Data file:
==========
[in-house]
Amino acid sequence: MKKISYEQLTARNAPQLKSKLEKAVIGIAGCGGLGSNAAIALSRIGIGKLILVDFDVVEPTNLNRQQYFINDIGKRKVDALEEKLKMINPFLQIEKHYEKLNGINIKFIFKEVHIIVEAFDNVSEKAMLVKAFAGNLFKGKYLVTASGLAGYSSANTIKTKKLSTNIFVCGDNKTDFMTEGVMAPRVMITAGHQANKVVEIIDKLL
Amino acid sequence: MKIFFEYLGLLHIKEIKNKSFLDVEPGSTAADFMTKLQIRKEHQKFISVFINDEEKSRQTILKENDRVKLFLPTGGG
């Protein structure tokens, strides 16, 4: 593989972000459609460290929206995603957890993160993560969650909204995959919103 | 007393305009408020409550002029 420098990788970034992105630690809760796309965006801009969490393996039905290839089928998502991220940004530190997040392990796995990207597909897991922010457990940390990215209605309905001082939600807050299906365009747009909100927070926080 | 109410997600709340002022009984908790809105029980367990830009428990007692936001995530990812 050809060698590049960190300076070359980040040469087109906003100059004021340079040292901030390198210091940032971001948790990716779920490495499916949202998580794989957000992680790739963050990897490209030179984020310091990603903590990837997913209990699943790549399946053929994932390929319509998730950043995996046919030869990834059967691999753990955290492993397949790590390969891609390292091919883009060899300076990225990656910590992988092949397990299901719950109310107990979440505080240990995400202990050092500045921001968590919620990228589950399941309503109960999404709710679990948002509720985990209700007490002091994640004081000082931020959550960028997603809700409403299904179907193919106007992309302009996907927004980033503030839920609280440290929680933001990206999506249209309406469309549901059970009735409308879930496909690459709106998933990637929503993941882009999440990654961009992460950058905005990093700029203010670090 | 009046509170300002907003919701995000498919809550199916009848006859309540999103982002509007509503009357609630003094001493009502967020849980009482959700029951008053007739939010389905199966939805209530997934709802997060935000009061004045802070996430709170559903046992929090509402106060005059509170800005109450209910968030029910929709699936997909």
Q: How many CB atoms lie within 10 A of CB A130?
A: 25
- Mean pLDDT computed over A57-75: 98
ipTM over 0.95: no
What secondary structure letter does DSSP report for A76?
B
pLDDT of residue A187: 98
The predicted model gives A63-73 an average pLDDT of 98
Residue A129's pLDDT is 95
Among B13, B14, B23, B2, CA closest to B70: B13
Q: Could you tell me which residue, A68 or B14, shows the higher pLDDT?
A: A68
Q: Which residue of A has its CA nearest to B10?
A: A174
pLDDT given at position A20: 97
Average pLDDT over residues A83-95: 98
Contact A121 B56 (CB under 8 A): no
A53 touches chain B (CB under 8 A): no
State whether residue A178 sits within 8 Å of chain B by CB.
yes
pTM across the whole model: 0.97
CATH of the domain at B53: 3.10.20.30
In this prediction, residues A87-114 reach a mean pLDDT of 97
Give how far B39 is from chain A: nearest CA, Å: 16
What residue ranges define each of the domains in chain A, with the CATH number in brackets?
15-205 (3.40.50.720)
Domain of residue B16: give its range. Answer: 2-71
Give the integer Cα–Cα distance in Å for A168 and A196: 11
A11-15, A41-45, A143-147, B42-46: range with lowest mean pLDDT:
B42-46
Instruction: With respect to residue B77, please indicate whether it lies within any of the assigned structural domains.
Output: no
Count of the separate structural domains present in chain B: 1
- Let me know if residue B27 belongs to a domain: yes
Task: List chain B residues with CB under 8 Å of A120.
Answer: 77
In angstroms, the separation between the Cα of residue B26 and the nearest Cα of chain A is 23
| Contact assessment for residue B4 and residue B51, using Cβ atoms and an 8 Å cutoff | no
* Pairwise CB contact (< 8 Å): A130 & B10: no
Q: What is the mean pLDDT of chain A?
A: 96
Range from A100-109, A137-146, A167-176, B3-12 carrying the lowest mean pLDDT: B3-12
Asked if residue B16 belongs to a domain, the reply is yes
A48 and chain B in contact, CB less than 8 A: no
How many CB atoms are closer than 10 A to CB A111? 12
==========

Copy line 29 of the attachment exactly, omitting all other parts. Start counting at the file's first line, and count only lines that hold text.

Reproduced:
What residue ranges define each of the domains in chain A, with the CATH number in brackets?